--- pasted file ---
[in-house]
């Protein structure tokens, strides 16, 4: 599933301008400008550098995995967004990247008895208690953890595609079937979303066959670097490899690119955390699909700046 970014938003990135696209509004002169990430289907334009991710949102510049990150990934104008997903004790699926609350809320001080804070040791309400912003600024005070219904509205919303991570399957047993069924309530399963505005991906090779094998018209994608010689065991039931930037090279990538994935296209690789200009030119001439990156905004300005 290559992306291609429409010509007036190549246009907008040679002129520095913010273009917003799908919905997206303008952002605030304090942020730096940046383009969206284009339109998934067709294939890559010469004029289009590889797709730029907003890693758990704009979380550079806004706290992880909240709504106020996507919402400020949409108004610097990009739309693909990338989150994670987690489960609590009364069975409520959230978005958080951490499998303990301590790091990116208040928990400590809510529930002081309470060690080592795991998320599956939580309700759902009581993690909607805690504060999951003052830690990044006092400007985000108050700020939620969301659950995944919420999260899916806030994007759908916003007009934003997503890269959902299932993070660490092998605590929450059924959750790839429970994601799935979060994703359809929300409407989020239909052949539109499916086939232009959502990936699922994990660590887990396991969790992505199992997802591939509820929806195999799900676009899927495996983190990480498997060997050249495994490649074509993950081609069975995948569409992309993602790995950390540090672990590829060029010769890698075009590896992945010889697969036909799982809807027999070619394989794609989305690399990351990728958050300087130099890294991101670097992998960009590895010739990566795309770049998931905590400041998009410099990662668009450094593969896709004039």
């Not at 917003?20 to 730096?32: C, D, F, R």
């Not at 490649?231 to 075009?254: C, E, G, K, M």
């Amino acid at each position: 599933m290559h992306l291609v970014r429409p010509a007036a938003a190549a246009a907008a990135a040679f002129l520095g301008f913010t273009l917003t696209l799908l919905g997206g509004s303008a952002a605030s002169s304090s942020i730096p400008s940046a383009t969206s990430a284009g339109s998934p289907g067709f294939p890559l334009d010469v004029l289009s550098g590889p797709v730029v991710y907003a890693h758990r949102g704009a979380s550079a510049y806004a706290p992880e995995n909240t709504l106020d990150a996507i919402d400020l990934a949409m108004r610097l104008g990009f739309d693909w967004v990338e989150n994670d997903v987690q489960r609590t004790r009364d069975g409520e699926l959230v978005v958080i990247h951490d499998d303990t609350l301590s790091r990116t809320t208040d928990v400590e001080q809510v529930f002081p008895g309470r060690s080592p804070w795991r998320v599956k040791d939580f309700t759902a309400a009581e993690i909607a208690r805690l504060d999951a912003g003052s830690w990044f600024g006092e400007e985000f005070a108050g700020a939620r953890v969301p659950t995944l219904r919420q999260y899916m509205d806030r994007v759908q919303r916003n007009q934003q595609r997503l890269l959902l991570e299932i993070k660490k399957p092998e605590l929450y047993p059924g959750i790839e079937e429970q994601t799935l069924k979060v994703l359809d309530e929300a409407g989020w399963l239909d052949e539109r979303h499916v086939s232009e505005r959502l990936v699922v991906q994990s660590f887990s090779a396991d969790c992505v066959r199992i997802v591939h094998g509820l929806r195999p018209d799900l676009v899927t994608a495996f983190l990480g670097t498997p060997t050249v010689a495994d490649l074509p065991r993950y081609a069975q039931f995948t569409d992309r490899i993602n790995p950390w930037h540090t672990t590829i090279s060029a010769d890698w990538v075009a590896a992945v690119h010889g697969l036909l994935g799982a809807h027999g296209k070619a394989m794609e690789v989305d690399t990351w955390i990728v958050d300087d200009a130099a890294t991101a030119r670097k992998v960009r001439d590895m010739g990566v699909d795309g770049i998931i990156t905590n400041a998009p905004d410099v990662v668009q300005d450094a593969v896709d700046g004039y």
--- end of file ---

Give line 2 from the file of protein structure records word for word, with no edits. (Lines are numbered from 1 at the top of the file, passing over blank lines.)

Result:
């Protein structure tokens, strides 16, 4: 599933301008400008550098995995967004990247008895208690953890595609079937979303066959670097490899690119955390699909700046 970014938003990135696209509004002169990430289907334009991710949102510049990150990934104008997903004790699926609350809320001080804070040791309400912003600024005070219904509205919303991570399957047993069924309530399963505005991906090779094998018209994608010689065991039931930037090279990538994935296209690789200009030119001439990156905004300005 290559992306291609429409010509007036190549246009907008040679002129520095913010273009917003799908919905997206303008952002605030304090942020730096940046383009969206284009339109998934067709294939890559010469004029289009590889797709730029907003890693758990704009979380550079806004706290992880909240709504106020996507919402400020949409108004610097990009739309693909990338989150994670987690489960609590009364069975409520959230978005958080951490499998303990301590790091990116208040928990400590809510529930002081309470060690080592795991998320599956939580309700759902009581993690909607805690504060999951003052830690990044006092400007985000108050700020939620969301659950995944919420999260899916806030994007759908916003007009934003997503890269959902299932993070660490092998605590929450059924959750790839429970994601799935979060994703359809929300409407989020239909052949539109499916086939232009959502990936699922994990660590887990396991969790992505199992997802591939509820929806195999799900676009899927495996983190990480498997060997050249495994490649074509993950081609069975995948569409992309993602790995950390540090672990590829060029010769890698075009590896992945010889697969036909799982809807027999070619394989794609989305690399990351990728958050300087130099890294991101670097992998960009590895010739990566795309770049998931905590400041998009410099990662668009450094593969896709004039």